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When You Walk a Mile in Their Shoes

You may never serve on a jury, but suppose you did. How would you feel—how would any of us feel—if we voted to convict someone innocent? This person knows. In 2009, she voted to convict a 17-year-old boy for murder based on the testimony of one eyewitness. The witness and victim were friends, and they were Read More

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Hidden Bias and Fair Trials

You may serve on a jury one day, and if you do, your thought process will mean a lot to the people involved. Those people, and the system as a whole, will rely on you to give them a fair trial. To that end, one court has created a video to help potential jurors understand their hidden biases. These Read More

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Throwing Pitches in a Civil Case

Make that Pitchess with an extra s—as in Pitchess motions. In California, they’re how you ask a court to order the production of a police officer’s personnel file in litigation. We’ve written about them in the context of criminal cases, but the procedure’s the same in civil cases, as a court of appeal recently explained in an employment case. A Read More

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If At First You Don’t Succeed

Here’s that DUI case we alluded to last week. It’s based on a driver’s challenge to his license suspension after his arrest. His post-arrest blood test showed a blood-alcohol concentration (or BAC) of 0.23 percent. He challenged this finding at the DMV’s administrative hearing and lost. He then petitioned the superior court to overturn that finding and lost Read More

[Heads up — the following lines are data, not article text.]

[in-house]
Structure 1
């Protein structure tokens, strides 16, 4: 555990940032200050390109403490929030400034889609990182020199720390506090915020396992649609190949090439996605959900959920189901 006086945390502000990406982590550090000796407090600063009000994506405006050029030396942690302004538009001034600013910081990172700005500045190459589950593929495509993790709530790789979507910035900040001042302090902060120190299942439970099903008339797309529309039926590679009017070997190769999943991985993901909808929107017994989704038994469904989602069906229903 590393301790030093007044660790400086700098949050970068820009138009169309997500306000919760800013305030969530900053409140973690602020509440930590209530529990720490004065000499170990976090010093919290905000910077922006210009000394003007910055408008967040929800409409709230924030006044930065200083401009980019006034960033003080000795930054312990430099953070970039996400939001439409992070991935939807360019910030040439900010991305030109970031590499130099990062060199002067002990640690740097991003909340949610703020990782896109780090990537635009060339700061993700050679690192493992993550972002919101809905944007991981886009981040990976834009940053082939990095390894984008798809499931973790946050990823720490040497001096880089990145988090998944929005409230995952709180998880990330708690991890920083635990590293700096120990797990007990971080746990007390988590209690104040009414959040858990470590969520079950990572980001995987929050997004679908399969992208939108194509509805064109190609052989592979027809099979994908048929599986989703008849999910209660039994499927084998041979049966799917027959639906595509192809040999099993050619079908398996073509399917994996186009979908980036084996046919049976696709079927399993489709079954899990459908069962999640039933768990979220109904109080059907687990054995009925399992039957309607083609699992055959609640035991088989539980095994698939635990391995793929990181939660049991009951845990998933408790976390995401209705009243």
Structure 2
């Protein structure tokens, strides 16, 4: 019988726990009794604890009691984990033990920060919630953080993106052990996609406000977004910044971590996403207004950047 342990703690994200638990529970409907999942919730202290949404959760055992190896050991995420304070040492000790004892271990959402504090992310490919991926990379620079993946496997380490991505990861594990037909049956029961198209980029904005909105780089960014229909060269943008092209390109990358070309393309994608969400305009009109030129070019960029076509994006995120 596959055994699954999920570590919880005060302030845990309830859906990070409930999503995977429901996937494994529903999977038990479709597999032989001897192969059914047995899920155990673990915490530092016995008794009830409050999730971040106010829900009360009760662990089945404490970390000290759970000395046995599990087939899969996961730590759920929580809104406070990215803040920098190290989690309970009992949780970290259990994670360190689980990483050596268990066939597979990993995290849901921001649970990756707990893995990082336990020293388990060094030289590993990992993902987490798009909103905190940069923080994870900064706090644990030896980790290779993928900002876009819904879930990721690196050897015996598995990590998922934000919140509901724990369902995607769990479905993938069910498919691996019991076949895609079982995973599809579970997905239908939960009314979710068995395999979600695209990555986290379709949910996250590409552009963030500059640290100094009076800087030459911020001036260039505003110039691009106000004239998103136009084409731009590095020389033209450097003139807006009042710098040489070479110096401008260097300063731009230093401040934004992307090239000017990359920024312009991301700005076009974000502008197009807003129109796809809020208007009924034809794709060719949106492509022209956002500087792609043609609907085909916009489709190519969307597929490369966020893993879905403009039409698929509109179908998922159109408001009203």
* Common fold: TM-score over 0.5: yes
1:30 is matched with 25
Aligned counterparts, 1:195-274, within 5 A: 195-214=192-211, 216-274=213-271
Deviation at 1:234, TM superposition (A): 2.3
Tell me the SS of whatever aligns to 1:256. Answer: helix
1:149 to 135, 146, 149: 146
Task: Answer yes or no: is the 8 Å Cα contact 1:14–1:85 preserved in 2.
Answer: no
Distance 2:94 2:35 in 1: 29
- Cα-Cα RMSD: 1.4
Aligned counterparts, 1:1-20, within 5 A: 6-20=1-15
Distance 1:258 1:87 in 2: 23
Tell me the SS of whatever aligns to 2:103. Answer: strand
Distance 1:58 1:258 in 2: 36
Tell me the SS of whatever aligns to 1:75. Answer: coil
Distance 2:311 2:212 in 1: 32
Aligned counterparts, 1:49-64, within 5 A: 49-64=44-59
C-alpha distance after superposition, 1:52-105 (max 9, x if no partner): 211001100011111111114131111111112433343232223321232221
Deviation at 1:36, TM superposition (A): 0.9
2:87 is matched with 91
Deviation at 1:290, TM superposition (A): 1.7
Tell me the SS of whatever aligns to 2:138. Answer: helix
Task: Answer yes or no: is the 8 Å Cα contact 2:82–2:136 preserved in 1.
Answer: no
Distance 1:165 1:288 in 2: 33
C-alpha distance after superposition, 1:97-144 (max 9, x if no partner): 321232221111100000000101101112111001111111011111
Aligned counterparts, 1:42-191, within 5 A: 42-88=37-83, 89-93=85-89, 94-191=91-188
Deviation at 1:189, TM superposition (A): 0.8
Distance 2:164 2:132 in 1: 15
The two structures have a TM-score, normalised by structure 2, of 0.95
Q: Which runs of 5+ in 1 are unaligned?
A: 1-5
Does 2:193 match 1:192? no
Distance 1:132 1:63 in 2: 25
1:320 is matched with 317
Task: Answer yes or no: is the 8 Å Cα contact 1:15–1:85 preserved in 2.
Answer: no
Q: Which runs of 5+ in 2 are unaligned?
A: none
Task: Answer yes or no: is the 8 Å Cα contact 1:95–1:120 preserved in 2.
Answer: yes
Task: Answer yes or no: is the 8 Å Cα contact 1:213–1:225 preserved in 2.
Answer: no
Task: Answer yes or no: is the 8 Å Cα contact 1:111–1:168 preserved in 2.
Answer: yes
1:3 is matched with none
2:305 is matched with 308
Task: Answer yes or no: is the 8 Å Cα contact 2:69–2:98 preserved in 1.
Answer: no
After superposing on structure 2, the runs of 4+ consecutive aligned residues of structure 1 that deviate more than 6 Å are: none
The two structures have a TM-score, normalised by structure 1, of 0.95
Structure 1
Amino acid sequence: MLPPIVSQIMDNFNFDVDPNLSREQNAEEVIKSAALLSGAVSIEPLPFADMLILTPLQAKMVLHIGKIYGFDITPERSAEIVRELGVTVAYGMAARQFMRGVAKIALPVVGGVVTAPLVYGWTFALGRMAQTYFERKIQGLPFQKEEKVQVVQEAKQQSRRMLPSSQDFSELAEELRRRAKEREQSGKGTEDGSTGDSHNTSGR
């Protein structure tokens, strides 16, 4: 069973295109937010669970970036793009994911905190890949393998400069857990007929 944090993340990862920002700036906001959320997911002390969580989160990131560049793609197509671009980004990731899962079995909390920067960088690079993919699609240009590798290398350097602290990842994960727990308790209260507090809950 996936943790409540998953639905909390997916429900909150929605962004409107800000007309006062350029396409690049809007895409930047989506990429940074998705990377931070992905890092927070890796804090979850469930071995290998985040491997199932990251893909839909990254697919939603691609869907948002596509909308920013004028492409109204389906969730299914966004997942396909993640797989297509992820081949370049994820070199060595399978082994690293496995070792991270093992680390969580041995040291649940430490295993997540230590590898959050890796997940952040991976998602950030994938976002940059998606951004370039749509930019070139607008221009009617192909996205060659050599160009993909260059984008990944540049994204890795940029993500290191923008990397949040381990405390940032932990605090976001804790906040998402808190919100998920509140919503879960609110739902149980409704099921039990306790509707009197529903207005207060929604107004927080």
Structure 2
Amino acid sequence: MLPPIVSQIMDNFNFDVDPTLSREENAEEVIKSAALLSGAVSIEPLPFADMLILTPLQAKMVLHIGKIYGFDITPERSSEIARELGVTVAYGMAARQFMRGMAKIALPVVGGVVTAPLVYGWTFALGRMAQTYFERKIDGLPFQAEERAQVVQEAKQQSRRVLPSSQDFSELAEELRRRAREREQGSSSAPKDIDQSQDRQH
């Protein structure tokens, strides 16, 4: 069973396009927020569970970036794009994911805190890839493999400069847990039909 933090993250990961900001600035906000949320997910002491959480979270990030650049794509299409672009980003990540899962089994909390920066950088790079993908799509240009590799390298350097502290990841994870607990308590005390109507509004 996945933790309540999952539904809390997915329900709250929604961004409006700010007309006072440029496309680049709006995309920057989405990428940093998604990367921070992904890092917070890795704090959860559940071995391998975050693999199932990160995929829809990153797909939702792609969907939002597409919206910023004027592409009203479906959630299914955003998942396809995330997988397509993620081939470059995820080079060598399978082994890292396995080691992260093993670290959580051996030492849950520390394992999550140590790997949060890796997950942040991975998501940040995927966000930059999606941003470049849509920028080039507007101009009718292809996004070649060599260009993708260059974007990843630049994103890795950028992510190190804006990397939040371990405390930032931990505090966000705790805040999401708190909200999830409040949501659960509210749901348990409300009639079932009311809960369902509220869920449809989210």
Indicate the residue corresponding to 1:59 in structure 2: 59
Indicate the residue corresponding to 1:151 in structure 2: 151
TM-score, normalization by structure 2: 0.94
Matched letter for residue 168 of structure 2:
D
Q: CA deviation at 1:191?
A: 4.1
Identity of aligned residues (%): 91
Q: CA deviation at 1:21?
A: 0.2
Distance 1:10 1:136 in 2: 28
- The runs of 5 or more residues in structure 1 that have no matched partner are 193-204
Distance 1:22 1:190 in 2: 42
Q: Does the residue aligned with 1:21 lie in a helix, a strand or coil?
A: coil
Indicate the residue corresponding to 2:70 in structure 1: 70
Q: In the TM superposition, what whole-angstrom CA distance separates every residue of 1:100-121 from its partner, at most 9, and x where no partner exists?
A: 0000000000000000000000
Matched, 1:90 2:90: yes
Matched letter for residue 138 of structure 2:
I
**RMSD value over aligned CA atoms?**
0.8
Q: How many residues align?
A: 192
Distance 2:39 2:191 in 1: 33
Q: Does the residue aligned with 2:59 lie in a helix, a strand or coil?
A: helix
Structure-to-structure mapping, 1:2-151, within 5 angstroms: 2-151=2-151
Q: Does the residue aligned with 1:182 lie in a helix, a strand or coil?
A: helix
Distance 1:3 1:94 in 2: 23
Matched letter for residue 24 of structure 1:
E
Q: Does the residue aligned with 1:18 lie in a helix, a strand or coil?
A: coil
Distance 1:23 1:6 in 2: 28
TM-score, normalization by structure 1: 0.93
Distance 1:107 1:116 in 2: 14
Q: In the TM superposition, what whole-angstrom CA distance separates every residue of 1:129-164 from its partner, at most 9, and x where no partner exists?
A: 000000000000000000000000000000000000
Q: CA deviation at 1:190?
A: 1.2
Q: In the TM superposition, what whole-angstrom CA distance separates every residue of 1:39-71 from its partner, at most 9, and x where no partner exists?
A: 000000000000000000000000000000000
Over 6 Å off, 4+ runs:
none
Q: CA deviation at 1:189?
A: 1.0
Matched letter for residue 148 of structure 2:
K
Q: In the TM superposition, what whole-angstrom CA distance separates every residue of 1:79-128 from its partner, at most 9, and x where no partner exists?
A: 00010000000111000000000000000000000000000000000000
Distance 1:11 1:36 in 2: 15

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Lies, Damned Lies, and Sex Crimes

If you thought the case from last week was bad, here’s another one that’s worse. This time, the supposed victim hasn’t stepped forward to admit she lied, so the man she accused of child molestation sits in prison, as he has for seventeen years, and the system seems powerless to stop it. What happened? The jury never saw medical records Read More

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California Prosecutor to Pursue Perjury Cases More Aggressively

Speaking of district attorneys’ doing creative things, here’s another one. The district attorney from Lake County, California has created a perjury-investigations unit to prosecute what he views as rampant, unchecked perjury in the courtroom. And he’s not wrong about that. Just ask a divorce lawyer about the vicious lies that people will tell in court when it suits them. It’s Read More

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A House of Cards

That’s how the U.S. Supreme Court described the evidence in a murder case that it reversed last week because the prosecution had wrongly concealed other important evidence from the defense and jury. Factor in that other evidence, the Court held, and the house begins to crumble. How so? There was no physical evidence tying the defendant to the murder, only the Read More

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The Age of Innocents

Ten times a month. That’s how often an innocent person is freed from prison in our country, according to this 60 Minutes segment that aired Sunday night. And those are just the ones we know about. I suspect the number comes from the National Registry of Exonerations, which recorded 125 exonerations in the year 2014. That year set a new record for Read More

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One Way to the Gallows

To appreciate due process, consider the story of a simple man named George Spencer who was accused, of all things, of impregnating a pig in puritan New England. His story takes place in 1642, and it’s excerpted from the book, The Case of the Piglet’s Paternity: Trials from New Haven Colony, 1639-1663, by Jon C. Blue, a Superior Read More

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California Supreme Court Revisits the Law of Access to Police Personnel Files

Police officers are human beings who are capable of making mistakes or behaving badly, just like anyone else, and if they testify in a criminal case, their credibility is always at issue, just like any other witness. So what do you do if you believe that an officer previously lied, behaved violently, used excessive force, or otherwise acted in ways that Read More

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